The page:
He added, "We hope this formalized agreement will allow students to see their academic paths very clearly. When they finish their associate's degree at Lewis and Clark, they already will be able to see themselves as juniors at SIUE and soon will be graduates of both institutions."
The SIUE School of Engineering's Environmental Resources Training Center (ERTC) is ready to beam with 'green' energy. The ERTC recently completed the installation of its alternative energy project consisting of a 120-foot wind turbine and 140 photovoltaic (solar) panels.
Both features are anticipated to annually generate up to 40 percent of the electricity to operate the Center's training-scale wastewater and drinking water treatment plants, laboratories and research offices. The ERTC is the training center for water and wastewater treatment operators for the state of Illinois. The operators trained at the ERTC are responsible for providing the University and surrounding area with clean water that is safe to drink and use for sanitary purposes. In achieving this purpose, ERTC Director Paul Shetley said center staff members were eager to implement resource conservation techniques that pulled from what nature freely offers–wind and sunlight.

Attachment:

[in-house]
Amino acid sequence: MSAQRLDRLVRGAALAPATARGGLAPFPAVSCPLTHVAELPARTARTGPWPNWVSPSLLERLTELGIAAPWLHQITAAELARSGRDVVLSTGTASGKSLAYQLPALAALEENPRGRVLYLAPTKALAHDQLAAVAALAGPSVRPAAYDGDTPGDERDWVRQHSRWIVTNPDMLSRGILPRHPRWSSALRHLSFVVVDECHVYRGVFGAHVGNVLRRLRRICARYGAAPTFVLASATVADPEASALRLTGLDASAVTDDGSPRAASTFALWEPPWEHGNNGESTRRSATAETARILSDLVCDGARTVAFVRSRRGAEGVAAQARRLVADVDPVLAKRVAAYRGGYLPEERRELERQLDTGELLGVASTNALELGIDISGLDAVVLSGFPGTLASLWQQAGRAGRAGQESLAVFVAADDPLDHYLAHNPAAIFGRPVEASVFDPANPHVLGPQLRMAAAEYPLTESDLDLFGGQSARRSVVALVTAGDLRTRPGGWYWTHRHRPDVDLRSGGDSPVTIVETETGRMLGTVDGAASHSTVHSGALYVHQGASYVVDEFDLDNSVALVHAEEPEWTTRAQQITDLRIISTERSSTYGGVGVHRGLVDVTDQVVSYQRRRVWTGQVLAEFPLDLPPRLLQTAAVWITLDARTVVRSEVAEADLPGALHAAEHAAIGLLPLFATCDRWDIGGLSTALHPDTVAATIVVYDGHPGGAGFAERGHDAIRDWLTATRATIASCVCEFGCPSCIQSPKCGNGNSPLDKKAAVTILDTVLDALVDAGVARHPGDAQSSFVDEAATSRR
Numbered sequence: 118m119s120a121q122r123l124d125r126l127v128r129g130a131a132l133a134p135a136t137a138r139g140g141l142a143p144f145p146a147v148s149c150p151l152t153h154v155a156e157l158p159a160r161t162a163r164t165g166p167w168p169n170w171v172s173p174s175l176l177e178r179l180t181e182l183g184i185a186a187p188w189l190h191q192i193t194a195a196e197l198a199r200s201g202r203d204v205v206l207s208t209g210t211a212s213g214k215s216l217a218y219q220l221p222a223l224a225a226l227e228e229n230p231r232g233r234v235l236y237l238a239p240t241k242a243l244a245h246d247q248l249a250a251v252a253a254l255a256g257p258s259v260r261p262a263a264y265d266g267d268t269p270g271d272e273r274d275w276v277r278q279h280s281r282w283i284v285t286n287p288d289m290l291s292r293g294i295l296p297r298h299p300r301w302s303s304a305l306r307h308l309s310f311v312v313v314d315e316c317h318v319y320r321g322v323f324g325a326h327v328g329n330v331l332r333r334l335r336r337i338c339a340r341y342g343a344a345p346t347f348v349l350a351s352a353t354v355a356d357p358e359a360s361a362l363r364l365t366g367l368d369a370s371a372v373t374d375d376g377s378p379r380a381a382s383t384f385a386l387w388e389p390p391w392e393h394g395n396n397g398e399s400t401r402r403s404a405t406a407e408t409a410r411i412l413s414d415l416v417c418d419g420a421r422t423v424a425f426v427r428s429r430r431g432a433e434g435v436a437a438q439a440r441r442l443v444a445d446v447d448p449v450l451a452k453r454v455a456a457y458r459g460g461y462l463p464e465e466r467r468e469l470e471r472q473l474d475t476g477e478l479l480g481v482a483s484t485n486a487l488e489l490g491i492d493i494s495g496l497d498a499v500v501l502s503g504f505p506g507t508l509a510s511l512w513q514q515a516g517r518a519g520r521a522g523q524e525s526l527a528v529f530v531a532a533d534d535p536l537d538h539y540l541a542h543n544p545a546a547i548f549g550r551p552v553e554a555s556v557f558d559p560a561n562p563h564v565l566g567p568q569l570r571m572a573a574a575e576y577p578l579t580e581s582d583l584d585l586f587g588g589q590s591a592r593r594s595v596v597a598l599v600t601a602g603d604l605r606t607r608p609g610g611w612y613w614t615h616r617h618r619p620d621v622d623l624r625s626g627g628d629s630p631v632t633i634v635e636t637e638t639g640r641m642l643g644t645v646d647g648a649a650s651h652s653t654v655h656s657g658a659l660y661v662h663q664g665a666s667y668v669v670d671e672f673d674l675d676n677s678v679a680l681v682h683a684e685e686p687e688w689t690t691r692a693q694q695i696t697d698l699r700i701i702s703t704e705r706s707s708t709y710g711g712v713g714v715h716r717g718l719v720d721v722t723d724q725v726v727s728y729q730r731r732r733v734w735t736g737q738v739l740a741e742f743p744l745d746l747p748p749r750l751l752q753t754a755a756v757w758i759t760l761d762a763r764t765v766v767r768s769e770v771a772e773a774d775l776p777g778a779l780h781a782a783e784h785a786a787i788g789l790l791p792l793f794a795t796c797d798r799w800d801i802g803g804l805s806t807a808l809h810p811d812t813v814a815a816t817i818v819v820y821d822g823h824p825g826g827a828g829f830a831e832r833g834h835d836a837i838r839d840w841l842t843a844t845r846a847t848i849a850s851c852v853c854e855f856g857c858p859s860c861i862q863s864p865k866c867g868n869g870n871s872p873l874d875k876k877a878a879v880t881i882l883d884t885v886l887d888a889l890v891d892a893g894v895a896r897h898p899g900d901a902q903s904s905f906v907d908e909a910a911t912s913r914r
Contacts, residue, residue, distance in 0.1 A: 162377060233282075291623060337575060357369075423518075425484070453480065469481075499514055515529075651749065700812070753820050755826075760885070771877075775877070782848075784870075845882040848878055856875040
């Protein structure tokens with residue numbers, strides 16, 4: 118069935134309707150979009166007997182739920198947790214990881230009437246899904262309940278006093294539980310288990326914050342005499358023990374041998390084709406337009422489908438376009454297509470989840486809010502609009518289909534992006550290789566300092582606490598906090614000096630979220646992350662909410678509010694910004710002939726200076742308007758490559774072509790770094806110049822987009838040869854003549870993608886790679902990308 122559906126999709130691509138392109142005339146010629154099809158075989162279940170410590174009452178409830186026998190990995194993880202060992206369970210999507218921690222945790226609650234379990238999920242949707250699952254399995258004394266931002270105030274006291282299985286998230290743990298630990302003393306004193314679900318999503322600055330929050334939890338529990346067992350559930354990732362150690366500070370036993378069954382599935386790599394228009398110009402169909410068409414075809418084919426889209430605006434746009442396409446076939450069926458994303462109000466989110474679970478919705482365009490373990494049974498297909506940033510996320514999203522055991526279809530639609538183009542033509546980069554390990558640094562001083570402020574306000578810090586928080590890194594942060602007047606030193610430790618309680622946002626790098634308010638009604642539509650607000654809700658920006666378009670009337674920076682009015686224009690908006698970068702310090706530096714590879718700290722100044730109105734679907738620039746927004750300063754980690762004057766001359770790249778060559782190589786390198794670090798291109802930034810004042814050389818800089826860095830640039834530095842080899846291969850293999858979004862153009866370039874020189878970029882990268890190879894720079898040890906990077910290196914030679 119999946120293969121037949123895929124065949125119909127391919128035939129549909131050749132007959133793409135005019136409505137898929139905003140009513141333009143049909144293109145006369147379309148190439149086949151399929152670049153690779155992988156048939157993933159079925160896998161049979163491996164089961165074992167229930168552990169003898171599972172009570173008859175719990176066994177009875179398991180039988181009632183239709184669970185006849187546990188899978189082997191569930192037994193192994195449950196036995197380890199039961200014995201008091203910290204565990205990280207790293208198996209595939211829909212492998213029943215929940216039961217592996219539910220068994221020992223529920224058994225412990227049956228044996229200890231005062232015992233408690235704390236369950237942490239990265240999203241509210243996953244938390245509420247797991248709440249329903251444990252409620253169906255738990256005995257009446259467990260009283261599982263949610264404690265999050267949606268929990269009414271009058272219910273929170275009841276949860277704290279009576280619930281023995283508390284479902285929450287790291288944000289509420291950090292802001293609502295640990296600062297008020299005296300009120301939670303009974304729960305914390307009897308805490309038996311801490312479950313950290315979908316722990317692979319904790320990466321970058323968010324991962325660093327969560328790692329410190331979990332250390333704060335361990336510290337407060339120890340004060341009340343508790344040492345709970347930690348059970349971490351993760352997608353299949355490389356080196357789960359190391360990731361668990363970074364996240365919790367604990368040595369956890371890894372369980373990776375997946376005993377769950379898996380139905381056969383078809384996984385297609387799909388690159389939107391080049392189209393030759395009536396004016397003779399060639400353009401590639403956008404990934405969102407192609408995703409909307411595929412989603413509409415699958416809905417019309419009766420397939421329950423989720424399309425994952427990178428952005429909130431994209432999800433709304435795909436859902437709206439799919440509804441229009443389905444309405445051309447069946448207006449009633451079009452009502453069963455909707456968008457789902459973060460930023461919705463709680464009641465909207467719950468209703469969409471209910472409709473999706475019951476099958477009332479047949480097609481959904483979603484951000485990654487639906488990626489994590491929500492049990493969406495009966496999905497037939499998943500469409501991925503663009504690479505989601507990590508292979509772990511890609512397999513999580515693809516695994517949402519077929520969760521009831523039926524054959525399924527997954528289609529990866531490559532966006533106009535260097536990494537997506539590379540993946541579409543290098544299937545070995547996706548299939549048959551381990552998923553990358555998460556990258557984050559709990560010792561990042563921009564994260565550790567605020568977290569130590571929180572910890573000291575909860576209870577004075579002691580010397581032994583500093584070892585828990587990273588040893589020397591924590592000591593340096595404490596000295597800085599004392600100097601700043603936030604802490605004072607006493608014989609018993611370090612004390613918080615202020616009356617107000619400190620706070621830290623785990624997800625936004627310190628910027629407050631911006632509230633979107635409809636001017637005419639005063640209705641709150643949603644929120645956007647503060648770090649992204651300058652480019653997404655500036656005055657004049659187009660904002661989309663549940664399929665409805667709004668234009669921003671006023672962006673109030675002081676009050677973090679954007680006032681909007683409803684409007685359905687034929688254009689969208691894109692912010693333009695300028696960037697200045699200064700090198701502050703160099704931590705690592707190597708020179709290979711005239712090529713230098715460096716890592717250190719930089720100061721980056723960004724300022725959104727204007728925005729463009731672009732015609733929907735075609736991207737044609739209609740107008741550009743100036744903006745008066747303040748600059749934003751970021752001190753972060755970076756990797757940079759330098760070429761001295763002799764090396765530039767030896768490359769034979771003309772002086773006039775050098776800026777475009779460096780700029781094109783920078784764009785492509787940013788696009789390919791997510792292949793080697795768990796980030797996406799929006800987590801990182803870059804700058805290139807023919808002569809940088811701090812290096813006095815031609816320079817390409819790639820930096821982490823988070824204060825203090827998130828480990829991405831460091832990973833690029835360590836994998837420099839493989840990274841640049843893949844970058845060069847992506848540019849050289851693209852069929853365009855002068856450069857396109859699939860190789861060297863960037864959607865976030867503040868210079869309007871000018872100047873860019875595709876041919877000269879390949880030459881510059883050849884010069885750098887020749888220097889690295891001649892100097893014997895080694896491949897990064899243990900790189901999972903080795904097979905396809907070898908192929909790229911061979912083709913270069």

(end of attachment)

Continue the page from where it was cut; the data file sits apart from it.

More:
Shetley added, "As our world changes and time goes on, the importance of finding alternative, affordable energy resources is huge," and the ERTC is doing just that with this green initiative.
Shetley said the wind turbine and solar panels, funded by the Illinois Clean Energy Community Foundation (ICECF) and the Illinois Environmental Protection Agency, will not only offer electrical power but will empower minds. School of Engineering and ERTC students will receive firsthand instruction on how the new, greener, energy sources power the building, as well accomplish research that is conducted at the ERTC.
The ERTC offers courses to students interested in careers in water pollution control management, as well as refresher courses for current plant operators.
Research studies by undergraduates at Southern Illinois University Edwardsville—ranging from analysis of health literacy to creation of a virtual bicycling tour reaching "anywhere" in the world—will be highlighted at poster and display presentations, as well as multi-media presentations, from 2-4 p.m. Tuesday, April 19, as part of the annual Senior Assignment and Senior Standout Showcase. The event is open to the public.